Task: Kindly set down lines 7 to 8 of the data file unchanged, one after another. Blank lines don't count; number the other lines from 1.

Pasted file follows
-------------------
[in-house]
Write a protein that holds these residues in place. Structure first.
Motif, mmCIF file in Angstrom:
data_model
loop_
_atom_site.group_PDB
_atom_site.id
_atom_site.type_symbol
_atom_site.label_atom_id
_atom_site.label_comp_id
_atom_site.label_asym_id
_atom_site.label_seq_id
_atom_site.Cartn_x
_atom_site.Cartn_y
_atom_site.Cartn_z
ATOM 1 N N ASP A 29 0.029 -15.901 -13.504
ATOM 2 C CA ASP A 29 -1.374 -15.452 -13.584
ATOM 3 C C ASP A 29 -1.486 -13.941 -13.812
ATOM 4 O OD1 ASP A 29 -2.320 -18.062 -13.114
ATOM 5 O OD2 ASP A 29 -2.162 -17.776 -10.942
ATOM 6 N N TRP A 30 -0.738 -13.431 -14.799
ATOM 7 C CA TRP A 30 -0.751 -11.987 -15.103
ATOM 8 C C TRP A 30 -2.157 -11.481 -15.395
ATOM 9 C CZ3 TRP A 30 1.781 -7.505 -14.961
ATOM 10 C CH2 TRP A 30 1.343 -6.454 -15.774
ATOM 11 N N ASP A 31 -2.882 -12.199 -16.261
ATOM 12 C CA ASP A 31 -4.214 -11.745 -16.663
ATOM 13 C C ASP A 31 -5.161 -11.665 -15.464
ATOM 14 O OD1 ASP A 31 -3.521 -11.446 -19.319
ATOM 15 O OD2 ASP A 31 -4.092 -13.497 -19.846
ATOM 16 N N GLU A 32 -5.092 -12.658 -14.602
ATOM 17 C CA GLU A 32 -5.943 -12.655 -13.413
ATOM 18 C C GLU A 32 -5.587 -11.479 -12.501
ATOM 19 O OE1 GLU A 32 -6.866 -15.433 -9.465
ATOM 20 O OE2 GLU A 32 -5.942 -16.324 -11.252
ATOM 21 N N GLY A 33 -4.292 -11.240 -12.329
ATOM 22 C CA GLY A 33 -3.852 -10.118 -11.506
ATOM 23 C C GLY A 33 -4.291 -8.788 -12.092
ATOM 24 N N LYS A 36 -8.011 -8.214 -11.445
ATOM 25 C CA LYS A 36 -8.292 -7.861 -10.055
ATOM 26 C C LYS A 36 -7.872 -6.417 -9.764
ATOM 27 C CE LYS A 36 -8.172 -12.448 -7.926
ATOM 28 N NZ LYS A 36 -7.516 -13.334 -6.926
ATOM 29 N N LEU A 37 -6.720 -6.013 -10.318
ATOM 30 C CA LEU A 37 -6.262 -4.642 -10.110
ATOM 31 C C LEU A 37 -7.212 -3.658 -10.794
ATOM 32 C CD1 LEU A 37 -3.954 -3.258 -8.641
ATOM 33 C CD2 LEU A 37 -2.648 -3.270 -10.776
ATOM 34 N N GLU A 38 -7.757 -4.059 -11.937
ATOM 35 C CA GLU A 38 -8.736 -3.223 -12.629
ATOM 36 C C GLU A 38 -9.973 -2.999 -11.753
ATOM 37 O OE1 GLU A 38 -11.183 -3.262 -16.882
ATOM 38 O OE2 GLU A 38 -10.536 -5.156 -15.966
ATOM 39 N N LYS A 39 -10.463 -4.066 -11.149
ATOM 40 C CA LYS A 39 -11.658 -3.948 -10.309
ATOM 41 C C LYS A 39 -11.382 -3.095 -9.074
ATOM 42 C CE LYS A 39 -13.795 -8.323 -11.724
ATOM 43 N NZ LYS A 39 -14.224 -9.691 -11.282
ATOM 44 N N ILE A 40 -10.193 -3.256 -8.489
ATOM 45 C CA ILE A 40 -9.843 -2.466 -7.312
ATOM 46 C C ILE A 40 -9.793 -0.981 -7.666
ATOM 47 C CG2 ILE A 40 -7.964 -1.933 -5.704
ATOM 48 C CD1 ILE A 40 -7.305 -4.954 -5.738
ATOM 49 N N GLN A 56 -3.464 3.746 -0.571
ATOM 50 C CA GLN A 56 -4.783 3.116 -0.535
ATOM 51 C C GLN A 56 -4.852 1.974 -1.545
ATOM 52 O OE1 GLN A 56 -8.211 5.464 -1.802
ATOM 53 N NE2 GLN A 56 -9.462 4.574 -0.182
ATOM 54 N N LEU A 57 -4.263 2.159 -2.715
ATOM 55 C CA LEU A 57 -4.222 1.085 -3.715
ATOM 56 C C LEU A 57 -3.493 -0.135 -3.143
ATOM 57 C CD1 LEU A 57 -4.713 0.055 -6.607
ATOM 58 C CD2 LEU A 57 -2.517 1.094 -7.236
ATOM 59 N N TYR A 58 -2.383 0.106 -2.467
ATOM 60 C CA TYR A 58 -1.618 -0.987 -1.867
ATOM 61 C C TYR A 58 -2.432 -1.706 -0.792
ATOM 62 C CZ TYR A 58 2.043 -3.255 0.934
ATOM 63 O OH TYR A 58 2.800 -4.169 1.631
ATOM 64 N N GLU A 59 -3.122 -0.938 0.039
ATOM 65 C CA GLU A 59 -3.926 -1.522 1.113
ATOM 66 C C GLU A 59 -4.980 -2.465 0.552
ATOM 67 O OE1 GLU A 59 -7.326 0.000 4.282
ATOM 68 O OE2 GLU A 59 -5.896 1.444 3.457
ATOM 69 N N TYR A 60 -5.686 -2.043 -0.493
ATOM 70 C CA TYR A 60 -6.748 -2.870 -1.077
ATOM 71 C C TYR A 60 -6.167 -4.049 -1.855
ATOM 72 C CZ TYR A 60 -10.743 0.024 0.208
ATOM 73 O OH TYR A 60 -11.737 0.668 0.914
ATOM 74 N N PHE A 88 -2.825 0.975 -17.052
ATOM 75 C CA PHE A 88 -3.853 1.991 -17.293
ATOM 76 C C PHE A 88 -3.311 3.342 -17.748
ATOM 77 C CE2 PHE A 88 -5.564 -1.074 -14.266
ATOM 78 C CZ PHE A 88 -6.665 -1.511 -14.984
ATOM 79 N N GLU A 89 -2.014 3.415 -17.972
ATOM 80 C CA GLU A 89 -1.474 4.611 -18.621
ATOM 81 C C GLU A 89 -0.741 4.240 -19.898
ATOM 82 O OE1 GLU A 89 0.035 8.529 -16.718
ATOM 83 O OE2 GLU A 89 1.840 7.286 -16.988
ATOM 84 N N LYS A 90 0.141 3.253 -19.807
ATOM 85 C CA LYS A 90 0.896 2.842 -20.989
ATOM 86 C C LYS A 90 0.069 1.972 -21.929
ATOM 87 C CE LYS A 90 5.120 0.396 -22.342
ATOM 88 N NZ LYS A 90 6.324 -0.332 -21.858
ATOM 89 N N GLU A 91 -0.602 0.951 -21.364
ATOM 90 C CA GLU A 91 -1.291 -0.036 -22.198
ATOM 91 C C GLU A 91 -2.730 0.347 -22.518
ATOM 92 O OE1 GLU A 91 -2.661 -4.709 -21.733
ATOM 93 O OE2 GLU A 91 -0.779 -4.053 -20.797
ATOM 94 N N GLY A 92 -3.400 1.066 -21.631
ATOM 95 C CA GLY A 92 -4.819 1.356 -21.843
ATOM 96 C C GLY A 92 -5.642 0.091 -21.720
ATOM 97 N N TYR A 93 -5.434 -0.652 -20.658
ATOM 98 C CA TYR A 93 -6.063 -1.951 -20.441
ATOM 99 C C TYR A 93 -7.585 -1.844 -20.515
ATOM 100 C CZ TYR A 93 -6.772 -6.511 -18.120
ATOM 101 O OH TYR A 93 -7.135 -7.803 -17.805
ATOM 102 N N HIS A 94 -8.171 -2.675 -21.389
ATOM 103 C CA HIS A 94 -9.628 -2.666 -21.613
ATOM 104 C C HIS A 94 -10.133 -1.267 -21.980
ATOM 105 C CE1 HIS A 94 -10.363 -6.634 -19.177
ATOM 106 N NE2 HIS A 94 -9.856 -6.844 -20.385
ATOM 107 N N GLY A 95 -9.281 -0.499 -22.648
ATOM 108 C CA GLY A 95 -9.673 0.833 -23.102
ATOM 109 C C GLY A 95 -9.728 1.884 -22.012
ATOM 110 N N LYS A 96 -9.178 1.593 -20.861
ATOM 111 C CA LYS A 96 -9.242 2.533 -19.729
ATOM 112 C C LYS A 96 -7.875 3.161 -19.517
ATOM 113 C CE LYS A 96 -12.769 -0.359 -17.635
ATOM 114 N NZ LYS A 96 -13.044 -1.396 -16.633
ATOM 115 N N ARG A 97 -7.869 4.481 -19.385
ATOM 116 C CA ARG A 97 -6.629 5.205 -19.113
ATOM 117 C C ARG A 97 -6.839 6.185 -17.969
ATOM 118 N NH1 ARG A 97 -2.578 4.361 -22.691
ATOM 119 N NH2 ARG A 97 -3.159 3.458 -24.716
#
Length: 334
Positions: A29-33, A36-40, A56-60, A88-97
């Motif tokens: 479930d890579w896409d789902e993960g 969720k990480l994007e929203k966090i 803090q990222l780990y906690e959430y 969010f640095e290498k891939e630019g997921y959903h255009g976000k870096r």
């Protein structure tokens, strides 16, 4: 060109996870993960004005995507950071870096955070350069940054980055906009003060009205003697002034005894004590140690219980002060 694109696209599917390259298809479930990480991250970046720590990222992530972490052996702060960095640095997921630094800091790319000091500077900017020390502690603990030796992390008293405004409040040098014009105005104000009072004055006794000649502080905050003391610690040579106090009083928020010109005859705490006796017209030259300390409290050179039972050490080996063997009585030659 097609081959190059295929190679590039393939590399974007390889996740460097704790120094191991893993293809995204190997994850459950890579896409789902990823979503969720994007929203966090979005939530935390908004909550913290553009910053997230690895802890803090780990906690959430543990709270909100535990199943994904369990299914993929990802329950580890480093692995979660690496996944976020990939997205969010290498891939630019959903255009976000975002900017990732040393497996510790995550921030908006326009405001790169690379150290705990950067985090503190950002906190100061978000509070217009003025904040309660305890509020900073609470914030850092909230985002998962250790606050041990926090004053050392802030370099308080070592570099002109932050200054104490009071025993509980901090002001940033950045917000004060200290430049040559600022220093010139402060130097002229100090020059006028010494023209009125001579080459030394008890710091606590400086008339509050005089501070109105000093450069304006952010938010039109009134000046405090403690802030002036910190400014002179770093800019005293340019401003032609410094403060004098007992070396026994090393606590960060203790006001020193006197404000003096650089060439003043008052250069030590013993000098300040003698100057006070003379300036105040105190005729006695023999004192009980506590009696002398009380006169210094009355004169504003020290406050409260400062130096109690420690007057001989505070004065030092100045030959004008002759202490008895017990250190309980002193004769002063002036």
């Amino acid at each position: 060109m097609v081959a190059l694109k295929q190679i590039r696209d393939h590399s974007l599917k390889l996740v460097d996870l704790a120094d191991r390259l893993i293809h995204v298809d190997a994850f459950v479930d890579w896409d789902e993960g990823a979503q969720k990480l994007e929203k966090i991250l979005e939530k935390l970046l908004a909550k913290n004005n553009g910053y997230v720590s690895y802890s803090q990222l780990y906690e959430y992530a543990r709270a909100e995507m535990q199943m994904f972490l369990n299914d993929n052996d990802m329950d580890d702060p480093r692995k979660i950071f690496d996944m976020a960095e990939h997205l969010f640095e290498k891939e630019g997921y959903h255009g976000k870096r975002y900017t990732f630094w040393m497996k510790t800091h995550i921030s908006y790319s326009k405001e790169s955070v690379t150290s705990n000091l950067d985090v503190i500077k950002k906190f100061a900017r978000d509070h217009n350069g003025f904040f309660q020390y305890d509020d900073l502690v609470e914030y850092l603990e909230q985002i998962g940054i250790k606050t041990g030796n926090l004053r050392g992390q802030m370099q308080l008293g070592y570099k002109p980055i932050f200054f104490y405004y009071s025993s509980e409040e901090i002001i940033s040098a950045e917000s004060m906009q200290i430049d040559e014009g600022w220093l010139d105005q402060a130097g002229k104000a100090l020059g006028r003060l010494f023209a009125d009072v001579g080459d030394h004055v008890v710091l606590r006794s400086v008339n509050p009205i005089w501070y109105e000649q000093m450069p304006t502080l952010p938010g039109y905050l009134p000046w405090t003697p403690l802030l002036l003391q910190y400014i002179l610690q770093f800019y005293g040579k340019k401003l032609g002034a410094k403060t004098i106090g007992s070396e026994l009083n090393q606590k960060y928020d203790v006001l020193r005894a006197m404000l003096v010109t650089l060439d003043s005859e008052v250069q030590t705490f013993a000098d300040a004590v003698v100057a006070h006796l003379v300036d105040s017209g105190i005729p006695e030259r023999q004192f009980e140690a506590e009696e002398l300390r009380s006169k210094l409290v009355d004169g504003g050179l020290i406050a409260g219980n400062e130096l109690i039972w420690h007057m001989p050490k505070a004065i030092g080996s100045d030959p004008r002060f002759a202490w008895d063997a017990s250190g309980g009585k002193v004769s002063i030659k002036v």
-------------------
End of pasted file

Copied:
_atom_site.id
_atom_site.type_symbol